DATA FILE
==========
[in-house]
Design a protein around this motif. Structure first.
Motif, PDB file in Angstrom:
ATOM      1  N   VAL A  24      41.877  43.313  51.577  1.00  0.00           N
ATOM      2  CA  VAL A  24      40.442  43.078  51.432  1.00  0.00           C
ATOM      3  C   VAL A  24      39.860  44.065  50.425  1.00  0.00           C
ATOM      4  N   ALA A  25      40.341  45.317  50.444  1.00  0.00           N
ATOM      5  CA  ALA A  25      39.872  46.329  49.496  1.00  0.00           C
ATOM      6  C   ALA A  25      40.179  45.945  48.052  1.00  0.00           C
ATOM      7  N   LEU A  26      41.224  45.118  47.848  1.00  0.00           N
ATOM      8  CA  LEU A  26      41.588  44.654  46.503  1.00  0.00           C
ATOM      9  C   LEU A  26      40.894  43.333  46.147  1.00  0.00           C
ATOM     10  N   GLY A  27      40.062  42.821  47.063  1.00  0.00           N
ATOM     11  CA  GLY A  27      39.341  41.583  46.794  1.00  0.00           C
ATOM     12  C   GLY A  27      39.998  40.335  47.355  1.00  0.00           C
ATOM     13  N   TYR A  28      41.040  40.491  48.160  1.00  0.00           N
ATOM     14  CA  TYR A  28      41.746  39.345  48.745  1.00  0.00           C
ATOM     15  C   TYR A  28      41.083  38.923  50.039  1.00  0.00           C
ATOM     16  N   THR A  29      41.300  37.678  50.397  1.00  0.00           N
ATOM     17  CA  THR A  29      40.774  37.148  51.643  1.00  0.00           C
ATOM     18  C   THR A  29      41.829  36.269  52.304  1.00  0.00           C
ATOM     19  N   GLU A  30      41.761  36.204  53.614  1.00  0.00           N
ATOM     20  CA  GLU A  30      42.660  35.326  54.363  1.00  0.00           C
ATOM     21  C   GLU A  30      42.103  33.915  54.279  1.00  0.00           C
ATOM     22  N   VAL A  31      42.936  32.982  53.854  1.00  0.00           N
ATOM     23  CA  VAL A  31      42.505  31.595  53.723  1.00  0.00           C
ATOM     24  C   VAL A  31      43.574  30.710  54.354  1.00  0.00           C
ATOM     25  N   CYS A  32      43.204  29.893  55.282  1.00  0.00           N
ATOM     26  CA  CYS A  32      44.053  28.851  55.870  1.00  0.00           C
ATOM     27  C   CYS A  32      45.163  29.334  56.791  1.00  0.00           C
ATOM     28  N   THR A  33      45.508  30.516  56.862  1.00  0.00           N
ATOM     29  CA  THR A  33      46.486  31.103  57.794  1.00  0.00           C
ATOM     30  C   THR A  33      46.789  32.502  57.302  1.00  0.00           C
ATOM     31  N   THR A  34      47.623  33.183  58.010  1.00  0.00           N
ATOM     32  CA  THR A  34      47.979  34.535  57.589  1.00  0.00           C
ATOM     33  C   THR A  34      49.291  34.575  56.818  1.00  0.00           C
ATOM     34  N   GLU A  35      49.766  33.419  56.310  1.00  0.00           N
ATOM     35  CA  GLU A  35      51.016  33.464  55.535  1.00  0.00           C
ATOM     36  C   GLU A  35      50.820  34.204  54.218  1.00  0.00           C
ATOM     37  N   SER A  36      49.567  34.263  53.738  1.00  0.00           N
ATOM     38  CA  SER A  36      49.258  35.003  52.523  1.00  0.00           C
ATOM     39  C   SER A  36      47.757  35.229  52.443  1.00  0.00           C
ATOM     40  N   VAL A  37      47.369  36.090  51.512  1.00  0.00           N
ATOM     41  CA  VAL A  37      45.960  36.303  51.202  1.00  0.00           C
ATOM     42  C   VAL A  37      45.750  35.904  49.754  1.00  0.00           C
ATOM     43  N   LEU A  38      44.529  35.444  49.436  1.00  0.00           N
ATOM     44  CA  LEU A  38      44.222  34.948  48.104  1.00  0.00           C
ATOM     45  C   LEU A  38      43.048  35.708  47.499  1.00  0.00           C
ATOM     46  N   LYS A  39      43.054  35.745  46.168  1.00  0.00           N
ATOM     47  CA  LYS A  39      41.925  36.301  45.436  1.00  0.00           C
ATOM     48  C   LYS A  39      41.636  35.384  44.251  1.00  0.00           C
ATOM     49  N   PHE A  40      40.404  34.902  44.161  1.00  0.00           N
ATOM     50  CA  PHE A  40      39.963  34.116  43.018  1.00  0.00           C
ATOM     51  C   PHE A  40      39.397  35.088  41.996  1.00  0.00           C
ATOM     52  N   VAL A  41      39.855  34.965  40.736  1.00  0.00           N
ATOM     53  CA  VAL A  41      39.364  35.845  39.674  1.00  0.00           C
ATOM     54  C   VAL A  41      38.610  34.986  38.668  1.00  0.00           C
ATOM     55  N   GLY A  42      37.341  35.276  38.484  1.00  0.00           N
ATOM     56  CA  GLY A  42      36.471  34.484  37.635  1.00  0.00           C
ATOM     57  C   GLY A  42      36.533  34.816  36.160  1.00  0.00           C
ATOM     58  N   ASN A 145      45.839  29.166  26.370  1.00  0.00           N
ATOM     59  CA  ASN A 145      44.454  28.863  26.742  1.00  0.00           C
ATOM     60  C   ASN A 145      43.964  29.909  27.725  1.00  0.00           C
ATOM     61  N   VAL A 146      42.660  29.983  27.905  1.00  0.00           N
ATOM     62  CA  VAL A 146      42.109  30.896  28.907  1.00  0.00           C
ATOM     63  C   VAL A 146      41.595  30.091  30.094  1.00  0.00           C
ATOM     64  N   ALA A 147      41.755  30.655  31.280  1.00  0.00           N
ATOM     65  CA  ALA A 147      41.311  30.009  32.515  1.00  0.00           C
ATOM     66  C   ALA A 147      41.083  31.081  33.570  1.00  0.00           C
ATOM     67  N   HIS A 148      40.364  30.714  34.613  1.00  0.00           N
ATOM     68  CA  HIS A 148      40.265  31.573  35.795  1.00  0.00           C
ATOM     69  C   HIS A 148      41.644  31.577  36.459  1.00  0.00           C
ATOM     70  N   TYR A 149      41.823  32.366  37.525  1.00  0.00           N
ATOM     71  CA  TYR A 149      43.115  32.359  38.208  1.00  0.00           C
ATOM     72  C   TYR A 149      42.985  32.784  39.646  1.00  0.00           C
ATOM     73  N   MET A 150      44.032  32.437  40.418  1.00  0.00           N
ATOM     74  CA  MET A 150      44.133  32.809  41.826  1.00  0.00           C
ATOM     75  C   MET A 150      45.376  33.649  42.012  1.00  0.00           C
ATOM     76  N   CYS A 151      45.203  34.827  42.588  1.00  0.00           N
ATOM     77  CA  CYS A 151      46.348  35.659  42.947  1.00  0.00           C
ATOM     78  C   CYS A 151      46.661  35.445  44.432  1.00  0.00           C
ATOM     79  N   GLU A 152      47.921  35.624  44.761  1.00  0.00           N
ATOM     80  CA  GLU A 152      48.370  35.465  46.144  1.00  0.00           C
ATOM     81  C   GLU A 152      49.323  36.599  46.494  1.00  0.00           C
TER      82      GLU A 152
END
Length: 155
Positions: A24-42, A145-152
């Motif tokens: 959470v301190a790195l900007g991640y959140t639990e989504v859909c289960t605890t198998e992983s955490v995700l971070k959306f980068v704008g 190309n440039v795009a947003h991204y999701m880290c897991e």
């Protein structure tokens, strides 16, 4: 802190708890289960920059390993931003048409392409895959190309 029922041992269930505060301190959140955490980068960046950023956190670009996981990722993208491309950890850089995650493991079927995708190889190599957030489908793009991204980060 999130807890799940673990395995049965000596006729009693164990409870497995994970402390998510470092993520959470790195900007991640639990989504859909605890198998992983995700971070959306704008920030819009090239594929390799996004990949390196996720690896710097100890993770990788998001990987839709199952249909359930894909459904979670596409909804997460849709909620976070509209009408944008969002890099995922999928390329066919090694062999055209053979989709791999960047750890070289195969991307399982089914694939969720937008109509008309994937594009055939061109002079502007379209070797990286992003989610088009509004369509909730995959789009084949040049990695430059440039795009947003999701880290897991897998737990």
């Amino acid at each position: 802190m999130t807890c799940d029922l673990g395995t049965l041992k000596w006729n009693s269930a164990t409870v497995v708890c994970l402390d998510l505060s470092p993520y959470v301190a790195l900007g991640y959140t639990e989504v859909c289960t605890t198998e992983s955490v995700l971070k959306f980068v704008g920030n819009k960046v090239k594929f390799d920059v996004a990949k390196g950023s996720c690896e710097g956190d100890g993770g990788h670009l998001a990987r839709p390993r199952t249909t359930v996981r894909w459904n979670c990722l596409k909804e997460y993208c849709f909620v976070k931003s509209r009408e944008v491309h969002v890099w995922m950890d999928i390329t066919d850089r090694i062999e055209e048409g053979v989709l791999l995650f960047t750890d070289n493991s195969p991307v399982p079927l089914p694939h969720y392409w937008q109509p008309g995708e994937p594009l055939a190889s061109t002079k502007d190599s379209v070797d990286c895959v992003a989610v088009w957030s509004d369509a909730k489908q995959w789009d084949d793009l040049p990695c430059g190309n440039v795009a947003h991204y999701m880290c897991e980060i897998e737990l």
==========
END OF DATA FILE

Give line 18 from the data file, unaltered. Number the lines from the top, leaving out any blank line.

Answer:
ATOM     15  C   TYR A  28      41.083  38.923  50.039  1.00  0.00           C